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Canadian Industrial Giant Prepares Invasion of Patagonia

8 March, 2003

International response required to keep aluminum smelter and river damming project out of Chile's southern temperate rainforest

Dramatically distinct visions of regional and hemispheric integration are clashing in the globally significant temperate rainforests and wild landscapes of the Southern Andes. While NFN's Gondwana Forest Sanctuary proposal is an international effort for increased protections of the communities, wildlands and temperate forests of the southern hemisphere, Canadian mining and minerals giant NORANDA, Inc. has continued to work with the Chilean government for the green light to go ahead with their Alumysa project. The long-term conservation of one of the American continents last extensive temperate coastal rainforests and wild areas is at stake. Here in North America citizens and organizations are responding in solidarity to the call for international support made by a coalition of groups in the Chilean Patagonia: STOP THE ALUMYSA PROJECT.

Alumysa is a massive aluminum smelter and hydroelectric project in the Aisen Region of Southern Chile. The 2.7 billion dollar investment proposal would be the largest private investment in the history of Chile, while the scale and scope of this industrial project is far beyond any industrial development that has ever been initiated in Patagonia. Possibly due to the isolated nature of Chile's Patagonia, the international environmental community is not yet prioritizing the Alumysa project threat to international forest, biodiversity, and wildlands conservation. Though the Environmental Impact Study of Alumysa was sent back to NORANDA for further revision, there continues to be growing concern amongst the environmental organizations in Aisen that without greater national and international attention to Alumysa, NORANDA will be able to push forward with this ecologically and economically unsustainable project.

With the Alumysa development NORANDA desires to import alumina minerals from Australia, Brazil, or Jamaica for processing in a smelter to be built near Puerto Aisen. The stated reason that NORANDA is interested in Chile is because of the tremendous potential for electricity generation in the water rich and steep terrain of the remote and pristine zone where the Andes meet the sea. The Alumysa project includes the construction of six dams in three different watersheds close to Puerto Aisen, which will result in the drowning of 20,000 acres of temperate evergreen rainforest, and increased road building and habitat fragmentation. There are also grave concerns about water and air pollution associated with the smelter itself. Unstated publicly by NORANDA is the attraction of cheap labor and lax environmental regulation enforcement in Chile. Alumysa is indicative of how the priceless natural treasures and rural communities of this South American nation are being devoured by the voracious appetite of the globalizing neo-liberal economy.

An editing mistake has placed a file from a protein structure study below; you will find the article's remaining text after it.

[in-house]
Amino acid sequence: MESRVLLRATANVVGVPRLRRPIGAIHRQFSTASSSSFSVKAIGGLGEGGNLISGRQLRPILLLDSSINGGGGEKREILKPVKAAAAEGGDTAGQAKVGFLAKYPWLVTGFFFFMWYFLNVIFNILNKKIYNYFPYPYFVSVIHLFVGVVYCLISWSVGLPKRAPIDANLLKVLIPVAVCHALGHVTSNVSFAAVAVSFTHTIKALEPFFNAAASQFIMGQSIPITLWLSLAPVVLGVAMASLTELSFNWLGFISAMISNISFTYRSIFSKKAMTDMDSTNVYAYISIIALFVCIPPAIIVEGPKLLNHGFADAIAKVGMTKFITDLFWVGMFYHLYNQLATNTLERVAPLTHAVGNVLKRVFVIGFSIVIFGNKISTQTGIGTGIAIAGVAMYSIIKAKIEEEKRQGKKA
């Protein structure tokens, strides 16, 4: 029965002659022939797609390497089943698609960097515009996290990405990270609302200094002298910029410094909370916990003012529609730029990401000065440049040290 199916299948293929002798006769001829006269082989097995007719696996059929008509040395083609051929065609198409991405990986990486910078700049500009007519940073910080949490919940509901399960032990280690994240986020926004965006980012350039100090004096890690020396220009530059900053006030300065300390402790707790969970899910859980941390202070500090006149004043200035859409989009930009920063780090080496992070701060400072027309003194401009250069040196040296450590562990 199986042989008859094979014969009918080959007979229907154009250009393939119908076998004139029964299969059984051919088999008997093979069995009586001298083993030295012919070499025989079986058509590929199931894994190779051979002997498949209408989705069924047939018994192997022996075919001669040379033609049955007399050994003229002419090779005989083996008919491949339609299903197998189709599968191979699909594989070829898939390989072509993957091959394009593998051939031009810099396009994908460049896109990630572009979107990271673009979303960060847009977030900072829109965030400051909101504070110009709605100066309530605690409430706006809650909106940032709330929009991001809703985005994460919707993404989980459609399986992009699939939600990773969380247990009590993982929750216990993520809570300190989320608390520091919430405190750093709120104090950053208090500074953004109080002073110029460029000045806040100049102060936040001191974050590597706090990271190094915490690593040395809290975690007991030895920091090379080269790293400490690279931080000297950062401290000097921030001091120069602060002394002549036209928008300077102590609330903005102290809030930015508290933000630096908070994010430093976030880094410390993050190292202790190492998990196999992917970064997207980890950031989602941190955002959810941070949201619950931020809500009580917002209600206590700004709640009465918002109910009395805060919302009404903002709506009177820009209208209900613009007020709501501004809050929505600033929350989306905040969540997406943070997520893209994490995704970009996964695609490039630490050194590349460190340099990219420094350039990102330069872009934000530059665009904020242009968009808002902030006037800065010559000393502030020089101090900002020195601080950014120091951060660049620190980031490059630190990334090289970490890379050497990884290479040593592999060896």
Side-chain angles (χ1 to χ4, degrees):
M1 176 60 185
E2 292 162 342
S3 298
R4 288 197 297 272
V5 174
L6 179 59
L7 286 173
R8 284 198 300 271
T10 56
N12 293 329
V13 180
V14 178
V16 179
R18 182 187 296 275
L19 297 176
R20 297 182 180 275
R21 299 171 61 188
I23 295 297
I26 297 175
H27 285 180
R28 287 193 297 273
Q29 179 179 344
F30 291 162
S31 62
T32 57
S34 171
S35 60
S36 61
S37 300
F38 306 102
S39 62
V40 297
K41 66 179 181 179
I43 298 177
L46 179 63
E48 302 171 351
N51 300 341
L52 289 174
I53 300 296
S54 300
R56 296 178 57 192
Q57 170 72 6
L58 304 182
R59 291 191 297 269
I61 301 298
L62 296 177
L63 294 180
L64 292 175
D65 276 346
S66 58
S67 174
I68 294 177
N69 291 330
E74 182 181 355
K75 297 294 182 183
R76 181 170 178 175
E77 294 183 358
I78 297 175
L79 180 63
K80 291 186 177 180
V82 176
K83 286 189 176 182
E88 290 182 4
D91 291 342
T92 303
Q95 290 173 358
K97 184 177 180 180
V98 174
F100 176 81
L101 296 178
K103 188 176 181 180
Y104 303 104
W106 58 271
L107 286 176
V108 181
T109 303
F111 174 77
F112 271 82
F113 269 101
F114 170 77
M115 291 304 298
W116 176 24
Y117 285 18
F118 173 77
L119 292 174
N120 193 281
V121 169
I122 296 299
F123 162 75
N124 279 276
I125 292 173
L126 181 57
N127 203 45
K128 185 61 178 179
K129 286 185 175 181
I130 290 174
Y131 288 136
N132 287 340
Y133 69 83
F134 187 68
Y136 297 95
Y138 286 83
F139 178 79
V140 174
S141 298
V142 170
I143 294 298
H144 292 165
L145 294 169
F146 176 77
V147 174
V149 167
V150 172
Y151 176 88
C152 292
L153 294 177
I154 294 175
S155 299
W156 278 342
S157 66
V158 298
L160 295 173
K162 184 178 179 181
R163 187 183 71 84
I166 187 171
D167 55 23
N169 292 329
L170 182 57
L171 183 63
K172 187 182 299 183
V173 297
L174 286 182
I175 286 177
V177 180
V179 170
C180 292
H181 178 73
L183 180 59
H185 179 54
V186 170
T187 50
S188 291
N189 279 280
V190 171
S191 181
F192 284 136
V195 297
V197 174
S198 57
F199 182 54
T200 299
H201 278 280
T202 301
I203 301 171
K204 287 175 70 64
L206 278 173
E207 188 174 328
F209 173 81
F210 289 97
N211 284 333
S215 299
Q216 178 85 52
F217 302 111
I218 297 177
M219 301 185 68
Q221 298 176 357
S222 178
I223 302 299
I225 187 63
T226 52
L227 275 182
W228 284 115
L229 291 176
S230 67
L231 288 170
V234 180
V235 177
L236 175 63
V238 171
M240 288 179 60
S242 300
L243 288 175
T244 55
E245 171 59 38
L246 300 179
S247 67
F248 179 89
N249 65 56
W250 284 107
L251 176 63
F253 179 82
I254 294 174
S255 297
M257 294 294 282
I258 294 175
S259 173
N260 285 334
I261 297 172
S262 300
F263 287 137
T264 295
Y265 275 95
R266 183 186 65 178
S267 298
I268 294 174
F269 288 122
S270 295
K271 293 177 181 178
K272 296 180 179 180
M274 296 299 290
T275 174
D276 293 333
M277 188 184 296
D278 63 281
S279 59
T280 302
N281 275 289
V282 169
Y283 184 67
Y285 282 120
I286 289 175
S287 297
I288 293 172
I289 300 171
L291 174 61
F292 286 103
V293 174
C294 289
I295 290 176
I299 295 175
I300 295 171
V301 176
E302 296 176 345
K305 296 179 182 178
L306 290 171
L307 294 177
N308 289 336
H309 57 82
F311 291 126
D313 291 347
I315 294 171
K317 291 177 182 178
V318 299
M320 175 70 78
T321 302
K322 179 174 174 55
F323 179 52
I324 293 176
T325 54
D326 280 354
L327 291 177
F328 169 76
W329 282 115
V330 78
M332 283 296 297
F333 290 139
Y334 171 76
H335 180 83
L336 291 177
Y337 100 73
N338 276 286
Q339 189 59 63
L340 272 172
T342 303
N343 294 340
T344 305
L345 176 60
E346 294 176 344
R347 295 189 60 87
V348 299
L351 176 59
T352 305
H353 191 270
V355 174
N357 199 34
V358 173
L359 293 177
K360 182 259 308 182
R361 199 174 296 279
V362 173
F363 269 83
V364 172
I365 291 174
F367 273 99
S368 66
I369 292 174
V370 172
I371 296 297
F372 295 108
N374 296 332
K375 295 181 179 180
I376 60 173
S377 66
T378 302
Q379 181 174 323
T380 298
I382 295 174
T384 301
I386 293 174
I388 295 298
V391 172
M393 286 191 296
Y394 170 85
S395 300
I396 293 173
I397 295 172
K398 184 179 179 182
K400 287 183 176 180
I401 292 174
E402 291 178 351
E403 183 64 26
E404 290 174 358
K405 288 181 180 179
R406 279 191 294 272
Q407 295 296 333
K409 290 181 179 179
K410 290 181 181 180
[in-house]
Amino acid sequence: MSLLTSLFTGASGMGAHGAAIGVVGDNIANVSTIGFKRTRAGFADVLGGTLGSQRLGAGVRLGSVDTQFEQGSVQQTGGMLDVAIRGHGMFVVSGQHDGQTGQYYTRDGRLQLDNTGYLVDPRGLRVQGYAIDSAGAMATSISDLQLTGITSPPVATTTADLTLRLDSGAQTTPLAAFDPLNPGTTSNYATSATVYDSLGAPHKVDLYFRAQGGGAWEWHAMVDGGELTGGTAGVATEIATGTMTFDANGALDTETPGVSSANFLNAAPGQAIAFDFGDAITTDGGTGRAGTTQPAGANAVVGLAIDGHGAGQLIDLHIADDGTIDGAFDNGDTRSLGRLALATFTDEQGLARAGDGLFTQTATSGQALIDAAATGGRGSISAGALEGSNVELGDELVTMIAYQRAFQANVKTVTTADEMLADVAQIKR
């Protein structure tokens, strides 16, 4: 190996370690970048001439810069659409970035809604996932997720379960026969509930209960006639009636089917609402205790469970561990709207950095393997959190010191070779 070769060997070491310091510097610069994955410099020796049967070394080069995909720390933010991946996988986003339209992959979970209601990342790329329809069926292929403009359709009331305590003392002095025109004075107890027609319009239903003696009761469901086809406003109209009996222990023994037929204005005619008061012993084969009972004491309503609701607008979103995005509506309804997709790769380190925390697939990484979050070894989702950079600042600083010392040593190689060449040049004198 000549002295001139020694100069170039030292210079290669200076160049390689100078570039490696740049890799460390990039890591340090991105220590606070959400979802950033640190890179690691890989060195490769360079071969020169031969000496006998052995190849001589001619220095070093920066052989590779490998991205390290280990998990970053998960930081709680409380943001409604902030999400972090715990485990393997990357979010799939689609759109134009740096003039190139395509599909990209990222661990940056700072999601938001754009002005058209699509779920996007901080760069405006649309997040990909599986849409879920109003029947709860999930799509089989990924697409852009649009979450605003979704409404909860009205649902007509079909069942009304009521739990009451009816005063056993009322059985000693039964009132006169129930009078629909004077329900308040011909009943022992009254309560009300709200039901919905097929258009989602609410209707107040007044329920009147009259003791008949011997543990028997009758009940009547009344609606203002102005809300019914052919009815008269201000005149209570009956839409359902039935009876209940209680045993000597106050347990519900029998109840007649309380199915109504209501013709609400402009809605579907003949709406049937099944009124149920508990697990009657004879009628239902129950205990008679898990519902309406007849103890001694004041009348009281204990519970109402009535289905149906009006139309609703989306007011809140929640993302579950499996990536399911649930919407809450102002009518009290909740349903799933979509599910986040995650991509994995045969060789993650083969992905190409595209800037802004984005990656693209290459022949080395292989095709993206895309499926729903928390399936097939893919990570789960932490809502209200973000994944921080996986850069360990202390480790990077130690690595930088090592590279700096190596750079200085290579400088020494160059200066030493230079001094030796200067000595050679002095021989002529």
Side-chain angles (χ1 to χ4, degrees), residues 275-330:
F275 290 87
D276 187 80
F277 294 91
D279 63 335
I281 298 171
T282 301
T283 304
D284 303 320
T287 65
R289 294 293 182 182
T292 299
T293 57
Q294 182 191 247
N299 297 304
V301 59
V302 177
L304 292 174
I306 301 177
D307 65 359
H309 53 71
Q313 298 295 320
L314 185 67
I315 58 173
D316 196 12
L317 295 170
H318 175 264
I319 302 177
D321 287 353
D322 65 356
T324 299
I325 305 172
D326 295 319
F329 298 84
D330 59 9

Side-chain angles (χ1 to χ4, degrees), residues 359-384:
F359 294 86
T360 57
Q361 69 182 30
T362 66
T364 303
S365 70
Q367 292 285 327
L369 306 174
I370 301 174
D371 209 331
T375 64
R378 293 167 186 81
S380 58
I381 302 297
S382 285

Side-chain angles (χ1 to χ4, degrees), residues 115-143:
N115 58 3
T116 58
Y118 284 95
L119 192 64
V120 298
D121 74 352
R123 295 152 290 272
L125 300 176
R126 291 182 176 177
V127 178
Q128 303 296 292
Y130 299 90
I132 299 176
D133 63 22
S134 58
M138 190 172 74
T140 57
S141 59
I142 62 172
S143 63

NORANDA is one of nine giant industrial companies that belong to the Global Mining Initiative, a greenwashing attempt by major mineral multi-nationals to remake their image and shake off their predatory and environmentally destructive histories. NORANDA has a history worth noting when considering their desire to move into Southern Chile. From the mid-1980s until the early 1990s NORANDA was the parent company of MacMillan-Bloedel, a logging products company in Canada that has ravaged the ancient forests of British Columbia. NORANDA was also part of the ill-fated Crown Butte Mine proposal for mining gold on the northern flank of Yellowstone National Park in Montana. Respected mining professionals have noted that NORANDA is notorious for not committing to the use of the latest generation technology that is necessary for minimizing the environmental impacts of metals industries. Such promises are a large part of the Alumysa project, but in Aisen little confidence exists that NORANDA will follow through on their promises, or that the Chilean government has the strength or desire to hold the industrial giant to their word.

The cumulative impacts of industrial development and natural resources exploitation are rarely examined. The temperate forests of Southern Chile and Argentina are under attack from exotic species plantation forestry, human caused fires, unregulated livestock grazing, the damming of rivers, and the development of industrial mega-projects. The Gondwana Forest Sanctuary proposal is an international response to this regional environmental crisis. By working together to defend the southern temperate forests of Chile from threats like Alumysa, the goal of integrated and wholistic environmental planning in the southern hemisphere is ever closer to being realized.

By Gary Hughes, Native Forest Networ

To support the people of Aisen and say NO to the Alumysa Project calls, faxes and letters to NORANDA are urgently needed. Contact David Kerr, President and CEO of NORANDA, Inc. at P.O. Box 755; BCE Place; Toronto, Ontario, Canada M5J 2T3; (416) 982-7111; or fax (416) 982-7423.

Native Forest Network
P.O. Box 8251
Missoula, MT 59807
Phone: (406) 542-734333
Fax: (406) 542-7347
E-mail: nfn@wildrockies.org

© 2002 Native Forest Network. All rights reserved.

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